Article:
How to Connect with a Supervisor

How to Connect with a Supervisor

What to look for:

By looking at a Faculty member’s CV and talking to them as well as to their current and former students, you can get a good idea as to who might be the best supervisor for you. 

A good supervisor should be able to provide you with some direction, while allowing you to take initiative. There are a number of factors that can promote a successful supervisory relationship. These include:

  • Expertise: Are they working on your area of research?
  • Experience: Have they supervised many students before?
  • Availability: Will they be available to meet with you when you need them?
  • Research agenda: How ‘active’ is their research?
  • Publishing: How often do they publish? Do they co-author with o co-author with other professors in the department or with students?
  • Collegiality and interpersonal relationship: How well will you get on with each other? 
  • Expectations:  Have you compared your expectations to being a grad student with their expectations of what it means to be a grad student?


Ask your potential advisor:

  • What qualities or experience type do you look for in a graduate student?
  • How many other students do you currently have?
  • Where are they in their programs?
  • Did your former students finish on time, i.e. master’s in recommended 2 years and doctoral in recommended 4 years
  • What are your former students doing now – did they get employment in their preferred area of study –  how long did it take?
  • Are you new, nearing retirement, or taking a sabbatical soon?


  • What kind of management or guidance style do you think you have – involved or more hands-off?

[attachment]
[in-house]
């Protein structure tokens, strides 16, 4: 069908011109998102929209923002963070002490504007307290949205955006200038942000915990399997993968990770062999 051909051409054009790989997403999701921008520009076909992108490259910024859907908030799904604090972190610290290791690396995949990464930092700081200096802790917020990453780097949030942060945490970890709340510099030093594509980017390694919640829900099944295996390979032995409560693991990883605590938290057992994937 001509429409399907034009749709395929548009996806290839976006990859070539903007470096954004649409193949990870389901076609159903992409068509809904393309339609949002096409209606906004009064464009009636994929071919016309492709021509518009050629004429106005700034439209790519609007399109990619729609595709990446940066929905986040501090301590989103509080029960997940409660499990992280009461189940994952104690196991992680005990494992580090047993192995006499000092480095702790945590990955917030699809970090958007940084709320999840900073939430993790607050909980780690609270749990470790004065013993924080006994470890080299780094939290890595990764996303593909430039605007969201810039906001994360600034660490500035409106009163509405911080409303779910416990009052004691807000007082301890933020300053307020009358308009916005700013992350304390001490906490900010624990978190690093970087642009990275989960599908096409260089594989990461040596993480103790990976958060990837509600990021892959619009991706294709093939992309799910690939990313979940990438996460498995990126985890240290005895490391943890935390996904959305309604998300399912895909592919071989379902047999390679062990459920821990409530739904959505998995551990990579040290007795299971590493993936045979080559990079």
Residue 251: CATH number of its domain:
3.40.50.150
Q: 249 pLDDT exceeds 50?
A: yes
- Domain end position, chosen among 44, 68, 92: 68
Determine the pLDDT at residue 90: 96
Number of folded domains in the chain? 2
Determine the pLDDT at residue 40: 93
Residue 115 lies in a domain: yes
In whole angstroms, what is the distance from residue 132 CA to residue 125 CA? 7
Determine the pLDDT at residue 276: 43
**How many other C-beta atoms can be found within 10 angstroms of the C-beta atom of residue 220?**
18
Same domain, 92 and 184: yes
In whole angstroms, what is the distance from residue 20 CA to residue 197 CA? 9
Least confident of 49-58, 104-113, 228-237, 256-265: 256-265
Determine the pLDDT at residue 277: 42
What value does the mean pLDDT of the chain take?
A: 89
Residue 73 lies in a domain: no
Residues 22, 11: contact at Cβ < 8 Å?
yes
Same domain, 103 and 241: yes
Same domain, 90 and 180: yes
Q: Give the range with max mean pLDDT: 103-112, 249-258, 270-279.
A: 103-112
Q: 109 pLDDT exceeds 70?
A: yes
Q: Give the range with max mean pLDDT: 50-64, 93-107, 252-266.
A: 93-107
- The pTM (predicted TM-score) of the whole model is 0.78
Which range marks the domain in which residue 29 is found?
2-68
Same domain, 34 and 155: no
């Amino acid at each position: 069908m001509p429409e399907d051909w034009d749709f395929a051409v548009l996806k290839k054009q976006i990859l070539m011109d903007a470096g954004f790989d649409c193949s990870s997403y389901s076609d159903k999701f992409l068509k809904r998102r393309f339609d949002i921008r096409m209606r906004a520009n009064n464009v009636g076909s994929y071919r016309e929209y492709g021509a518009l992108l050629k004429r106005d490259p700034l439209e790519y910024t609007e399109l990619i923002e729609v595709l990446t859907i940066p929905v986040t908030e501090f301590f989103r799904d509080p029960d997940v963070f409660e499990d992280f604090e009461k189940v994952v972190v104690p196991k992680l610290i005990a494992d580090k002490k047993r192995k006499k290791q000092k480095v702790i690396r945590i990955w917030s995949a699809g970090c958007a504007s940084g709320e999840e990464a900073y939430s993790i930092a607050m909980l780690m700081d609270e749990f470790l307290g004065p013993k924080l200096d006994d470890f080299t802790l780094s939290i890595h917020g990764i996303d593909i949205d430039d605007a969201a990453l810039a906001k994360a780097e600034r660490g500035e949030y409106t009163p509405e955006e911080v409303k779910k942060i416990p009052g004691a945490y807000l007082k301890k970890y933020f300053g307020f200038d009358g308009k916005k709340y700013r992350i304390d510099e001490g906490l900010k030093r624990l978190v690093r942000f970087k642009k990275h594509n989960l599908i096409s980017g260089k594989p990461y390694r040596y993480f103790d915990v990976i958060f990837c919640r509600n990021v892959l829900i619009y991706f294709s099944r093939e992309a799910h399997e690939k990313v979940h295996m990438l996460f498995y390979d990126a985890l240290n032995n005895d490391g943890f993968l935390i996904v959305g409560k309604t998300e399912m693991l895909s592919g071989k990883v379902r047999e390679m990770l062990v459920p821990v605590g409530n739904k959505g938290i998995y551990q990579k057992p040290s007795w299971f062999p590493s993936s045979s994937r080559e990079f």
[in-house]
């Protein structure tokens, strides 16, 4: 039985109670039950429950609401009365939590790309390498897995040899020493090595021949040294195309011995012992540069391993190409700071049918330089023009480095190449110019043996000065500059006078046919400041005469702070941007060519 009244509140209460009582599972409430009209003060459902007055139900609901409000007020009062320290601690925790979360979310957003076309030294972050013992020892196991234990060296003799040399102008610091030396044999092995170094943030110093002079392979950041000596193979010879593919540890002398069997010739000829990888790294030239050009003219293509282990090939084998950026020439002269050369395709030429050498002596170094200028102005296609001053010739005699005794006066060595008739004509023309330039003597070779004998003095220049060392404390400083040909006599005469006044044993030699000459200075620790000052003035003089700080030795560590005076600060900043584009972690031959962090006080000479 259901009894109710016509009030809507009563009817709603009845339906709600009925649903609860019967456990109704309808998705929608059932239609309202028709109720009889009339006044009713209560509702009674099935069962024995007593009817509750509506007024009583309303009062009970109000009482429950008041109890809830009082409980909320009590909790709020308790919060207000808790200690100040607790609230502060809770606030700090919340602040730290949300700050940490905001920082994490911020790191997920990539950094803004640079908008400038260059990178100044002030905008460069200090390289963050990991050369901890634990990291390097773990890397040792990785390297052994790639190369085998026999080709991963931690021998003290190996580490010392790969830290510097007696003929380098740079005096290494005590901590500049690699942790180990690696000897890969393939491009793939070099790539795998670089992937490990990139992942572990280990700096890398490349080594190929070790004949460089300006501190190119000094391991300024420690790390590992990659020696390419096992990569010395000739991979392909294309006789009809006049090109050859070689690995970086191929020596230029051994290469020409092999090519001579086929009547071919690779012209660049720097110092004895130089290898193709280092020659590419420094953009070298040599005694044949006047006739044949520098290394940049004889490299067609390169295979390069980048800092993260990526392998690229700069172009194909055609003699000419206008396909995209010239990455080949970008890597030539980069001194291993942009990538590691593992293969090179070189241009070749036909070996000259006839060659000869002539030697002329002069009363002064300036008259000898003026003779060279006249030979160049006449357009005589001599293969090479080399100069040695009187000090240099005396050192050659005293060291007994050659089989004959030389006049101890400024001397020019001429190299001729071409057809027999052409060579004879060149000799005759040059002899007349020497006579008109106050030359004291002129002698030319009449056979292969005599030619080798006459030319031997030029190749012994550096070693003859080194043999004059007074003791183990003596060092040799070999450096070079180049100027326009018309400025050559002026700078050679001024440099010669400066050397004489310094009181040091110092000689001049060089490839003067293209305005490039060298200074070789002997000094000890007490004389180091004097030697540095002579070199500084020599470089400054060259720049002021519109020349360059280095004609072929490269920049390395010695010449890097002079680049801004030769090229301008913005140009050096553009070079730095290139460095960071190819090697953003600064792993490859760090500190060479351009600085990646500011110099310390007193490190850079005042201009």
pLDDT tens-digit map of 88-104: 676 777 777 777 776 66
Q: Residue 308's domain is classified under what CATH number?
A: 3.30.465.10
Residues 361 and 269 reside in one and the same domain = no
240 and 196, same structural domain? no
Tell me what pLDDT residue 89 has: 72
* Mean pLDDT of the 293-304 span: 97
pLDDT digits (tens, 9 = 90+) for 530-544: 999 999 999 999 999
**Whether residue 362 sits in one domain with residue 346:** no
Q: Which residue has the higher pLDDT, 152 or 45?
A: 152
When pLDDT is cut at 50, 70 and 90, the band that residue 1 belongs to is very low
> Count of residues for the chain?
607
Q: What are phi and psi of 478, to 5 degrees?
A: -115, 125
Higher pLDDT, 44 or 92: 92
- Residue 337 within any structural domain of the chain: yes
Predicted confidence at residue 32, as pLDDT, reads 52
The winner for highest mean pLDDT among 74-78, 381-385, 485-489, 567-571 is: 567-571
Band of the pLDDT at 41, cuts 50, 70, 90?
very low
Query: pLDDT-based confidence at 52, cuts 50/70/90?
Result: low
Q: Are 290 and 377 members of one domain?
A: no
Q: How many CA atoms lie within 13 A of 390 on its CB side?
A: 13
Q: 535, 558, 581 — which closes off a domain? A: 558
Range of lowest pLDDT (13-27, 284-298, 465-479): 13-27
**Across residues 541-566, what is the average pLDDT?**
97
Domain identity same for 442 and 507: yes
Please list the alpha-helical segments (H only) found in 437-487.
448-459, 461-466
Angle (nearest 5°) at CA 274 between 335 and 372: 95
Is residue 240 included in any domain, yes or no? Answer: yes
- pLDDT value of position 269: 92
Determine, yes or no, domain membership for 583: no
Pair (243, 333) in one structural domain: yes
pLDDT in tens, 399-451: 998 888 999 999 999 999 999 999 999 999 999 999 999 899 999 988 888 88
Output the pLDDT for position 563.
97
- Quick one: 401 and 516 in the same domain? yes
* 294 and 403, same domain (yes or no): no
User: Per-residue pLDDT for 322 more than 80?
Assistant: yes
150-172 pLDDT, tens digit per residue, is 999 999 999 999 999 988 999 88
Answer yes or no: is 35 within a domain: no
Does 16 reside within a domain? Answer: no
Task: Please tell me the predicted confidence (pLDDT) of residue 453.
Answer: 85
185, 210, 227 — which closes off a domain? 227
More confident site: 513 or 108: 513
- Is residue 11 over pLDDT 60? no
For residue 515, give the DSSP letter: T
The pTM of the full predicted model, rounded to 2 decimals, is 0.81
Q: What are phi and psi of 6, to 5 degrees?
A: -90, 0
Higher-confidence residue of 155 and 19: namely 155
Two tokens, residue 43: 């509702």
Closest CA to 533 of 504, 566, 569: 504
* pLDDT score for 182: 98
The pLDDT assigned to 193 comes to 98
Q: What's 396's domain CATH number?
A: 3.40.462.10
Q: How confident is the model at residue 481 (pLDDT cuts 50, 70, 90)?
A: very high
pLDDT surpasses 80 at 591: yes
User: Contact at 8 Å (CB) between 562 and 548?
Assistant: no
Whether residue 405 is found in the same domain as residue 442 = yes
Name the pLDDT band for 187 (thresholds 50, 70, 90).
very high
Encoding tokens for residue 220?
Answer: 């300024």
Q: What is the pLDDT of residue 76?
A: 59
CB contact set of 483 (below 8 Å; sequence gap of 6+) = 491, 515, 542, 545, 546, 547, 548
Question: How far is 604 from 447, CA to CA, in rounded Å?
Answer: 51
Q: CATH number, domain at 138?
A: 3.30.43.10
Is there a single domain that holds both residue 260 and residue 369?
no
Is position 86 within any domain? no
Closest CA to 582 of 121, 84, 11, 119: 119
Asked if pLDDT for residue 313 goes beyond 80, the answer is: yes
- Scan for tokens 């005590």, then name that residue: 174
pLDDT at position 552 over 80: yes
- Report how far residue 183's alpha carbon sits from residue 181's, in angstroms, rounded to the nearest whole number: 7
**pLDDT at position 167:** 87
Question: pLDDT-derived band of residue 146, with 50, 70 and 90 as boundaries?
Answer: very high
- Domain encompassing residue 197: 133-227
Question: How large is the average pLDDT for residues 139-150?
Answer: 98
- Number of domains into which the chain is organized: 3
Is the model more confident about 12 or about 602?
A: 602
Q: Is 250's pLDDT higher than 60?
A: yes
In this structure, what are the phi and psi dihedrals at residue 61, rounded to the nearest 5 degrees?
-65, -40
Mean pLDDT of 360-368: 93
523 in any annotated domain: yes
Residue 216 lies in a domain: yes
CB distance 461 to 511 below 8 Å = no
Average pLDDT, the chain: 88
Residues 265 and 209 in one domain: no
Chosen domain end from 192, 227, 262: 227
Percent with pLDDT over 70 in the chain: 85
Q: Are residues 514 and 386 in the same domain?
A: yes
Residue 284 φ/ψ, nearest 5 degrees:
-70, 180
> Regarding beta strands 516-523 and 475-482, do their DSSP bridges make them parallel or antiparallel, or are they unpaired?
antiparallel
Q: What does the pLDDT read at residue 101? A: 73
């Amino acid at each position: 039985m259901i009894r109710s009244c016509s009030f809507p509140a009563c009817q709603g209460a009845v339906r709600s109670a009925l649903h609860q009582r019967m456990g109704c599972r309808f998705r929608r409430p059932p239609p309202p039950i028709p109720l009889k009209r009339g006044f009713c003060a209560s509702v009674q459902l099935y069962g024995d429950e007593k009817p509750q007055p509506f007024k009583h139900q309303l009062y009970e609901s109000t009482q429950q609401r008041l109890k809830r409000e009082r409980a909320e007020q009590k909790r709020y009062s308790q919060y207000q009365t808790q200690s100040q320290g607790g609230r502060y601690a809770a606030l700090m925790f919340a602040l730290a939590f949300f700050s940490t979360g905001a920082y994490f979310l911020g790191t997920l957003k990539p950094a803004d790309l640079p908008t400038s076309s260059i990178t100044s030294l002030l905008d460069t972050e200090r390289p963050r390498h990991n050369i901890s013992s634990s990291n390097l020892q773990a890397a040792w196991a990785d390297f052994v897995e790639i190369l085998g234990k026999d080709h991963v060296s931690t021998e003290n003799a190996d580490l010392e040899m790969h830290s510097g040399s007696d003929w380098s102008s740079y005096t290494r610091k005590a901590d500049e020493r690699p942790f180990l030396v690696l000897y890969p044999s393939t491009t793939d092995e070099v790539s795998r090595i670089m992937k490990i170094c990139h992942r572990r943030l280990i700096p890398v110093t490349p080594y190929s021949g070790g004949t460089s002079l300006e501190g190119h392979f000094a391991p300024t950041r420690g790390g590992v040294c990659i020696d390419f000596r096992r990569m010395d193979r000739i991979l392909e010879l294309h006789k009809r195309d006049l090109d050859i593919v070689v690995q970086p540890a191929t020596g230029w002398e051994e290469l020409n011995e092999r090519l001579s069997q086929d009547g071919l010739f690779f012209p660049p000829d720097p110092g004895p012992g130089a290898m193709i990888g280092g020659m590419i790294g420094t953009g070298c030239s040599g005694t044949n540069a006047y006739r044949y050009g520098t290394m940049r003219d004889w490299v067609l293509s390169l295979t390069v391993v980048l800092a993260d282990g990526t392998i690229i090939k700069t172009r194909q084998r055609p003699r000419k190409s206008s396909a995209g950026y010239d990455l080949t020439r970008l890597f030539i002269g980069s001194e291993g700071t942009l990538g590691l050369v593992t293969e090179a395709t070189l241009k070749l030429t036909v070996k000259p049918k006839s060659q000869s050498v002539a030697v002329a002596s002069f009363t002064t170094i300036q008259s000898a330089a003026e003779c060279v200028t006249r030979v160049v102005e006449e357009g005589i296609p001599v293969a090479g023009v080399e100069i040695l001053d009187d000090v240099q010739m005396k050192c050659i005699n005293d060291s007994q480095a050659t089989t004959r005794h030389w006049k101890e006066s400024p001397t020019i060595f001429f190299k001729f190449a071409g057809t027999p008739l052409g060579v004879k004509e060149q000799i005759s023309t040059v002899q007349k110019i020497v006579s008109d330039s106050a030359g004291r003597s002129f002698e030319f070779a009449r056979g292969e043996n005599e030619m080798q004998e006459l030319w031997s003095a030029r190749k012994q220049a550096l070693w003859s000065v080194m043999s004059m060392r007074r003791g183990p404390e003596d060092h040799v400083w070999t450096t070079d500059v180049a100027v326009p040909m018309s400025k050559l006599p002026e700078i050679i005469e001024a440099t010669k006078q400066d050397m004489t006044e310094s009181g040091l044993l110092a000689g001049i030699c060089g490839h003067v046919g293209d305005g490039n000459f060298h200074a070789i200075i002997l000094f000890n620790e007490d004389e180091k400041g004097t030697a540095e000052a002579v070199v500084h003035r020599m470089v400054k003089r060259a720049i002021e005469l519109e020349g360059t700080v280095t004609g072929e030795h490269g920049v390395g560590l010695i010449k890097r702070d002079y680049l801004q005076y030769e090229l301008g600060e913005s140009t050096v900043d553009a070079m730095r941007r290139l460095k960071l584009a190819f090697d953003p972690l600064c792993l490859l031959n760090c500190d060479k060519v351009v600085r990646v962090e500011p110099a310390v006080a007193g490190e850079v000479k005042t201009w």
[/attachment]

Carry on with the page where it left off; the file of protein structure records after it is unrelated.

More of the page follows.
• What is your mentoring style?
  • How often do you typically meet with graduate students – weekly, monthly?
  • Will we meet together to complete the required Progress Report?
  • Will I have input into that Report and be able to discuss my progress with you in detail?


  • Do you have regular lab meetings – if so how often?
  • What are they like – who attends?
  • How much does the supervisor know about funding opportunities, course requirements, etc? If not much, they might not know other important details that would help you along the way.
  • Is the advisor looking for someone to work on a specific project? If so, what are the expectations?
  • Do you have a grant or other resources to support my research project?


  • Will I be expected/permitted to serve as a Teaching Assistant (TA) throughout grad school or may I decline a TA to suit my study workload?
  • Will I be permitted to serve as a Teaching Fellow (TF) if one becomes available?
  • Do you have salary support for research assistantships for some or all of my time?
  • Will we, or can we, co-write grants to expand/support my research?
  • If we’re depending on those, and they’re not funded, is there a backup plan?
  • What is your policy on students/post-docs listed as first authors on their manuscripts/ reports/ publications?


Figure out if you have someone who will meet your needs–one person may find a very hands-on weekly meeting approach great for scientific growth, while another finds it completely stifling.  Supervisors probably won’t change their supervision style but if you know what it is you can decide whether it suits you, whether you’re willing to adapt, or whether this supervisor is just not the one for you.

Some portions snipped from McGill University, Future Graduate Students website